1 Sep 2020

Adapt or perish: Sustainability arrived to stay in the Peruvian Capital Markets Industry

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The adoption of sustainable practices and a breakthrough of ESG financing in Peru can be traced back to 2014 when a green bond was issued by a local company to fund a solar energy project.  During the same year the United Nations Climate Change Conference (COP 20) took place in Lima. This period is the milestone which set grounds to create a favorable landscape for ESG investment in Peru.


On 2015, by means of the Resolution No. 033- 2015-SMV/01, the Peruvian Securities Authority (SMV) required listed companies to disclose an annual sustainability report. The Peruvian issuers have made remarkable progress in adapting and implementing sustainable practices in their corporate strategy ever since.


On 2018 the efforts of the Lima Stock Exchange (LSE) in collaboration with the British Embassy, were crystallized with the publication of the Green Bond Guidelines for Peruvian issuers; a non-mandatory framework which outlines general terms for the issuance of green bonds[1] in the local market. Said framework has had an immediate positive impact, evidenced by the several inaugural green, social and sustainable bonds issuances which have taken place ever since.  [2]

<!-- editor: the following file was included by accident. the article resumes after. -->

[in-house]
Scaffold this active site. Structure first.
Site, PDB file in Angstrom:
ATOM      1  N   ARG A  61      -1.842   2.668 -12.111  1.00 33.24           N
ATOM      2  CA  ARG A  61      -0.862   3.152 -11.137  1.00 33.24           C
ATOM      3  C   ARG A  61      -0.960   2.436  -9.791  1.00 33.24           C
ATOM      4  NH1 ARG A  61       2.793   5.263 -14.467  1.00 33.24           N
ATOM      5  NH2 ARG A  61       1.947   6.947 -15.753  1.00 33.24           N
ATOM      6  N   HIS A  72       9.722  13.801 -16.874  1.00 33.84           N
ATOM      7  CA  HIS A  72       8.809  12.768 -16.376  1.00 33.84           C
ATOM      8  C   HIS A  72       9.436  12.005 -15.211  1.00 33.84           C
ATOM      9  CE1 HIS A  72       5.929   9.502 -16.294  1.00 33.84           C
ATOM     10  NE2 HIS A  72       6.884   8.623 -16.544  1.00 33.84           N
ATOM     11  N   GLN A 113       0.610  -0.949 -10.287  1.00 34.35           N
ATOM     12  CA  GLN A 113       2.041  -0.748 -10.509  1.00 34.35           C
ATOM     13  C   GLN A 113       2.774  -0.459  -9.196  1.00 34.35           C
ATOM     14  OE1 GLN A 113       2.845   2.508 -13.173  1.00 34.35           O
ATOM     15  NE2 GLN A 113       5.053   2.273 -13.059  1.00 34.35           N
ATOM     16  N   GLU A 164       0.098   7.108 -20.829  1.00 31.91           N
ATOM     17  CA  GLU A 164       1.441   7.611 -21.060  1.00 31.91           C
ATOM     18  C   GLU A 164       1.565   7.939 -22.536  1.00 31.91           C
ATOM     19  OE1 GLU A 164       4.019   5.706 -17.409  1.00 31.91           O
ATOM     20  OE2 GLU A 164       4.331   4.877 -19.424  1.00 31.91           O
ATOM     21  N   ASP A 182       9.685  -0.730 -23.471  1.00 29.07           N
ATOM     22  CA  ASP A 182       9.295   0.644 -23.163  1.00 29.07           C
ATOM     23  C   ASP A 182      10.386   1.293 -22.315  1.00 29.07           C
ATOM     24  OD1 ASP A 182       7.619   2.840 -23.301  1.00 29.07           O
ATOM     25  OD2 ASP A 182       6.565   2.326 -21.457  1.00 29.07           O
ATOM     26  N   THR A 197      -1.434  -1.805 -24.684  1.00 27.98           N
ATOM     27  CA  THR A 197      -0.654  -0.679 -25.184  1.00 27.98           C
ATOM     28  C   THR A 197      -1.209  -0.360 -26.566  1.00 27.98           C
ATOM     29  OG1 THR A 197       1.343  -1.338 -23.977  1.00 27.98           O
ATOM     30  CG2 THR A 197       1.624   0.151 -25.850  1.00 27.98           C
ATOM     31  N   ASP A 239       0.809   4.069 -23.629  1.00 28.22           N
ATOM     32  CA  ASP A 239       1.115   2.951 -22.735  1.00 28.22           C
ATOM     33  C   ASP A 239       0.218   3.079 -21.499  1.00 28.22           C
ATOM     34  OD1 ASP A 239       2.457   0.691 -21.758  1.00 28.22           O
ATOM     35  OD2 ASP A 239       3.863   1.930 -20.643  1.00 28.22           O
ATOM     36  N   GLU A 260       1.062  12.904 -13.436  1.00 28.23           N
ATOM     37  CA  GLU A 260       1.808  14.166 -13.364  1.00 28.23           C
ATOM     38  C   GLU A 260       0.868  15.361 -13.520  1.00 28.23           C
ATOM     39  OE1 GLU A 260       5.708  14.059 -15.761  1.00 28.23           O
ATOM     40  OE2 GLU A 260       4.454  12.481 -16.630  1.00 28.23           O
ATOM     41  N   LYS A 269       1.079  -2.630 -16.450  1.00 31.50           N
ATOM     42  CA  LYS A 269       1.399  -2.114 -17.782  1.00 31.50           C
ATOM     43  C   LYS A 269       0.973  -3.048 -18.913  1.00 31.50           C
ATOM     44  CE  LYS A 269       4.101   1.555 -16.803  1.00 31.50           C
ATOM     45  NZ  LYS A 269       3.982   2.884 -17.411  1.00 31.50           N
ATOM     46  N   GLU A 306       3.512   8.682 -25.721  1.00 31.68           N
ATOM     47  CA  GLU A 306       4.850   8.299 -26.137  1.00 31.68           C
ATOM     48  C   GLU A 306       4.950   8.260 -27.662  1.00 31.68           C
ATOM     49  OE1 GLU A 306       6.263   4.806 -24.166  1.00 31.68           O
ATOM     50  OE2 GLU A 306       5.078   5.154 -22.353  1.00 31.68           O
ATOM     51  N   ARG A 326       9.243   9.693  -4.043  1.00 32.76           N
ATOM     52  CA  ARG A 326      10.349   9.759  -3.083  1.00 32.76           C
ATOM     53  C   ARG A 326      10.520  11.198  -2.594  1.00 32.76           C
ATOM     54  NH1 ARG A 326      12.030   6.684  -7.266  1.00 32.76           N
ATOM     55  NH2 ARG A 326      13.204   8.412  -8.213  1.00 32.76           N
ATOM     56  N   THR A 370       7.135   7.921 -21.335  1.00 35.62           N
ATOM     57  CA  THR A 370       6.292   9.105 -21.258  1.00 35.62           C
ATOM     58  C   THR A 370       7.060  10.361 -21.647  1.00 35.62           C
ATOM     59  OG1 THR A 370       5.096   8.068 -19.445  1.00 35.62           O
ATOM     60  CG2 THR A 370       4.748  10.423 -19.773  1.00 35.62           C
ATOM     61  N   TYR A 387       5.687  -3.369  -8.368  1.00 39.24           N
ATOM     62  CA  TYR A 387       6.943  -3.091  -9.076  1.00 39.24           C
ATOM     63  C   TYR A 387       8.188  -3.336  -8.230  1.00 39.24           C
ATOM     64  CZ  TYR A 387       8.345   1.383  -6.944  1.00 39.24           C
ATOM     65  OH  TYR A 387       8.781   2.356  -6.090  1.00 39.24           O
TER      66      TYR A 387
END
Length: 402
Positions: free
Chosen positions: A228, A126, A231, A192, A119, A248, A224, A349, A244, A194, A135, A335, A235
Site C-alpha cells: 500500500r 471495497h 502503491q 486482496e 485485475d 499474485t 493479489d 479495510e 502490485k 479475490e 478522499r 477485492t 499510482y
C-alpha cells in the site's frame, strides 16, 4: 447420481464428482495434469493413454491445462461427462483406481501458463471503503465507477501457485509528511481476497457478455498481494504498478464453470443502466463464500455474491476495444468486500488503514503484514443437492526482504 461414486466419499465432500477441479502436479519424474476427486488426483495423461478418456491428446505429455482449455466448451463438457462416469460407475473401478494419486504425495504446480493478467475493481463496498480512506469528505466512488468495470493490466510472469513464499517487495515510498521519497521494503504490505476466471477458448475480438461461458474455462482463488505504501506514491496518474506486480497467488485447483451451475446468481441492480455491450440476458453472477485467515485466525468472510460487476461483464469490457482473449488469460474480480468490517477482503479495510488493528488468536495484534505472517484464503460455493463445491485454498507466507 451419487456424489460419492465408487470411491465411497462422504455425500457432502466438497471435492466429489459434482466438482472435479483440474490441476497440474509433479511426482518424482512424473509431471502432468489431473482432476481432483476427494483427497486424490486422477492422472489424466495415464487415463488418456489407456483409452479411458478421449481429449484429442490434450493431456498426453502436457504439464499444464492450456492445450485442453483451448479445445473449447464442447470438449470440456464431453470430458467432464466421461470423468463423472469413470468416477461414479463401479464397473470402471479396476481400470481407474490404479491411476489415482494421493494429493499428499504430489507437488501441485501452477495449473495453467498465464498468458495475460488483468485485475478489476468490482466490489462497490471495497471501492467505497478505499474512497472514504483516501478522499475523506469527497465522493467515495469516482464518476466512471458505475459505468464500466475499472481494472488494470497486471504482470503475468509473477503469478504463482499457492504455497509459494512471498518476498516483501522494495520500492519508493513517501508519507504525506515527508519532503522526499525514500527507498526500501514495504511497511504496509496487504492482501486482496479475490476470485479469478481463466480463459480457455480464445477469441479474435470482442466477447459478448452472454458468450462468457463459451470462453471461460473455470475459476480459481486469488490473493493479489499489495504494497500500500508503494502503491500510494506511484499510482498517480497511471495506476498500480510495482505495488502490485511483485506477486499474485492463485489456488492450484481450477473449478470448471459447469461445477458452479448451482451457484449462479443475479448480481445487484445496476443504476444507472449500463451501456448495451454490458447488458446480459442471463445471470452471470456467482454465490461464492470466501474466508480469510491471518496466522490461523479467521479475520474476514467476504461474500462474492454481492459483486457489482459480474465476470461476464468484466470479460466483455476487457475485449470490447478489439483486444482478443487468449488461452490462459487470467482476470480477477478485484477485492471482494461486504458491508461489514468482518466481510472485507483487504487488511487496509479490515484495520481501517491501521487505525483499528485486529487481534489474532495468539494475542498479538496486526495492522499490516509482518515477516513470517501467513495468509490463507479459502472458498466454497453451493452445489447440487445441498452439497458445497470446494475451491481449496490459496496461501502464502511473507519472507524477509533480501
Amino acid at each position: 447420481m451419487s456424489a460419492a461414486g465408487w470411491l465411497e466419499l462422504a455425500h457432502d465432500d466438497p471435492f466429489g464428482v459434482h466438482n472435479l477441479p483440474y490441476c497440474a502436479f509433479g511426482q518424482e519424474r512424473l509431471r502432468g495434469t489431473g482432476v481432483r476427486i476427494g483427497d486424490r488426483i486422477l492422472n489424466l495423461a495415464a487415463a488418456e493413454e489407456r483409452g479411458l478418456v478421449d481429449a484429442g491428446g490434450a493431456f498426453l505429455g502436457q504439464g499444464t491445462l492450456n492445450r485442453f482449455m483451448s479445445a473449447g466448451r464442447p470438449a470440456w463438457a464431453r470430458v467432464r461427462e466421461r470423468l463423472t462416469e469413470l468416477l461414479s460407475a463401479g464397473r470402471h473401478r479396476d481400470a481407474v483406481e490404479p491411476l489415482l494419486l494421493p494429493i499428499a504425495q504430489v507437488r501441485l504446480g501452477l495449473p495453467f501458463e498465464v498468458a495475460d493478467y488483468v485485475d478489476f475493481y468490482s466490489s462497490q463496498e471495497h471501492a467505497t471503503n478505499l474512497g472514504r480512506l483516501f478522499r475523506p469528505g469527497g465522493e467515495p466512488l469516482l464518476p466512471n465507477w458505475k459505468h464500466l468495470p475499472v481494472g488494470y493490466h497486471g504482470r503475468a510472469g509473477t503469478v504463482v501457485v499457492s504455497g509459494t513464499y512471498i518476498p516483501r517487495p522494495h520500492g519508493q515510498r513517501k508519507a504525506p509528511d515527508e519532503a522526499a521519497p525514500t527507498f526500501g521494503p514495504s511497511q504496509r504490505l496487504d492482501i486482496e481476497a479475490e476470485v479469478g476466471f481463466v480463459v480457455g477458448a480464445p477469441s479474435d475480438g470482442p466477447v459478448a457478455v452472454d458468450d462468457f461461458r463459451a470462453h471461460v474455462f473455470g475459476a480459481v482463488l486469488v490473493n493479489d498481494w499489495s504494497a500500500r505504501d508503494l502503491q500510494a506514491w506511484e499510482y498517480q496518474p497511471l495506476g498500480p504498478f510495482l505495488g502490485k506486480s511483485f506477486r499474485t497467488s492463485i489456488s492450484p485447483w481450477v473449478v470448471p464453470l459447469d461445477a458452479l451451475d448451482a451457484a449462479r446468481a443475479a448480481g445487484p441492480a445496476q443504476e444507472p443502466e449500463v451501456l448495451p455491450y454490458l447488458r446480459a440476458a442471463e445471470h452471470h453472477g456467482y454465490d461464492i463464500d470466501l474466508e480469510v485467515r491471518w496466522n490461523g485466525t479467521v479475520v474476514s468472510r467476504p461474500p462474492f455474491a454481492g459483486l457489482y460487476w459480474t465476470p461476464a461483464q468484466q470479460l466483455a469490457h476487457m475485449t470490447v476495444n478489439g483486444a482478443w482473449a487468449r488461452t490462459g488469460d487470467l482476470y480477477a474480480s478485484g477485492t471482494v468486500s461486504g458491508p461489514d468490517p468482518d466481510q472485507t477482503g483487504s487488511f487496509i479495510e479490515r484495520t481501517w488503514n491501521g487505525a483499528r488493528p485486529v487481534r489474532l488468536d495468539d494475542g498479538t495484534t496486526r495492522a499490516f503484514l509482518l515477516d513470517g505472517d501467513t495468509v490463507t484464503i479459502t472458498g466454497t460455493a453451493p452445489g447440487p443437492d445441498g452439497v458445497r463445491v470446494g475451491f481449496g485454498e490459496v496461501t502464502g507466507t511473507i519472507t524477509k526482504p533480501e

On February 2020 SMV´s launched an update to the annual sustainability report including features in line with the new advances and trends of sustainability practices.


On April 2020, the Responsible Investment Program (Programa de Inversión Responsable), a group comprised of the largest Peruvian Institutional Investors which include local banks, pension and investment funds, insurance companies, among others, published Guidelines for a Responsible Investment Policy, advocating for Institutional Investors to take a sustainability approach in their investment decisions.


In sum, a clear message is being sent to the market: adopt sustainable practices at risk of perish in a long run.


Likewise, a relaunching of the Green Protocol approved in 2015 (an agreement with the Association of Peruvian Banks – ASBANC to promote investment practices aligned with sustainable development) is expected for the forthcoming months after the Ministry of the Environment announced in a series of online meetings held during July 2020, a joint work effort with the German Development Cooperation (GIZ) to present a new Green Protocol to be

centered around three strategic points: risk management, financial instrument proposals and institutional ecoefficiency, to be aligned with international standards and practices.


State-owned companies have not been exempted from the sustainability trend.


In 2015, the National Holding Fund for State Enterprises (Fondo Nacional de Financiamiento de la Actividad Empresarial del Estado – FONAFE) approved through Directive No. 068-2015/DE-FONAFE the Guidelines for Corporate Social Responsibility applicable to 32 state-owned companies (whose total value exceeded US$ 30 billion) that span the electric, financial, oil and gas industries, among others.